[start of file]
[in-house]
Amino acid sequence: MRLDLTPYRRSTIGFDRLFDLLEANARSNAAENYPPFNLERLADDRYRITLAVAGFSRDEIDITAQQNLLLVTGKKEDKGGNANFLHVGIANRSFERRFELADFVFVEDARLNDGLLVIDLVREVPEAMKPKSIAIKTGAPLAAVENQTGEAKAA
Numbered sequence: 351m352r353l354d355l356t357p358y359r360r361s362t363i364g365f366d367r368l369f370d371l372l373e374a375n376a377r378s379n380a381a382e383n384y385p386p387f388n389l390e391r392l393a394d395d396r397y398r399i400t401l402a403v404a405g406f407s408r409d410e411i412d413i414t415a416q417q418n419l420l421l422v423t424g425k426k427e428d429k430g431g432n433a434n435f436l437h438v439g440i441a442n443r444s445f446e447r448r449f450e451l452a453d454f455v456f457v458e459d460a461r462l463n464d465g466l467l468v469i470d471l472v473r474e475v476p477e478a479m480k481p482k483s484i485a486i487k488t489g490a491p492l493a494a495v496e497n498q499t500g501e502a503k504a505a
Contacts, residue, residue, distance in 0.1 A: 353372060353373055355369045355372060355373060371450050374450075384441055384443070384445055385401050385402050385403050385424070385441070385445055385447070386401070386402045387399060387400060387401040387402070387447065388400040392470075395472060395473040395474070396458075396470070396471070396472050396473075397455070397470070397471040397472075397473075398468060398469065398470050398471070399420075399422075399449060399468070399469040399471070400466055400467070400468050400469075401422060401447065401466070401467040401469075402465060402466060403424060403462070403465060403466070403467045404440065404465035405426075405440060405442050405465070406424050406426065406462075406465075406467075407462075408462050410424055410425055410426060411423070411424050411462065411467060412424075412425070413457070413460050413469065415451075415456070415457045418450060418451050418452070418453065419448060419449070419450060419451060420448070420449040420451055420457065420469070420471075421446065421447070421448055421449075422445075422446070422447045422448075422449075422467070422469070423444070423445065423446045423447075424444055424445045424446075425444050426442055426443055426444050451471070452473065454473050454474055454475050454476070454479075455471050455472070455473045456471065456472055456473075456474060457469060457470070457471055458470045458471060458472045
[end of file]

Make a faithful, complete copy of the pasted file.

[in-house]
Amino acid sequence: MRLDLTPYRRSTIGFDRLFDLLEANARSNAAENYPPFNLERLADDRYRITLAVAGFSRDEIDITAQQNLLLVTGKKEDKGGNANFLHVGIANRSFERRFELADFVFVEDARLNDGLLVIDLVREVPEAMKPKSIAIKTGAPLAAVENQTGEAKAA
Numbered sequence: 351m352r353l354d355l356t357p358y359r360r361s362t363i364g365f366d367r368l369f370d371l372l373e374a375n376a377r378s379n380a381a382e383n384y385p386p387f388n389l390e391r392l393a394d395d396r397y398r399i400t401l402a403v404a405g406f407s408r409d410e411i412d413i414t415a416q417q418n419l420l421l422v423t424g425k426k427e428d429k430g431g432n433a434n435f436l437h438v439g440i441a442n443r444s445f446e447r448r449f450e451l452a453d454f455v456f457v458e459d460a461r462l463n464d465g466l467l468v469i470d471l472v473r474e475v476p477e478a479m480k481p482k483s484i485a486i487k488t489g490a491p492l493a494a495v496e497n498q499t500g501e502a503k504a505a
Contacts, residue, residue, distance in 0.1 A: 353372060353373055355369045355372060355373060371450050374450075384441055384443070384445055385401050385402050385403050385424070385441070385445055385447070386401070386402045387399060387400060387401040387402070387447065388400040392470075395472060395473040395474070396458075396470070396471070396472050396473075397455070397470070397471040397472075397473075398468060398469065398470050398471070399420075399422075399449060399468070399469040399471070400466055400467070400468050400469075401422060401447065401466070401467040401469075402465060402466060403424060403462070403465060403466070403467045404440065404465035405426075405440060405442050405465070406424050406426065406462075406465075406467075407462075408462050410424055410425055410426060411423070411424050411462065411467060412424075412425070413457070413460050413469065415451075415456070415457045418450060418451050418452070418453065419448060419449070419450060419451060420448070420449040420451055420457065420469070420471075421446065421447070421448055421449075422445075422446070422447045422448075422449075422467070422469070423444070423445065423446045423447075424444055424445045424446075425444050426442055426443055426444050451471070452473065454473050454474055454475050454476070454479075455471050455472070455473045456471065456472055456473075456474060457469060457470070457471055458470045458471060458472045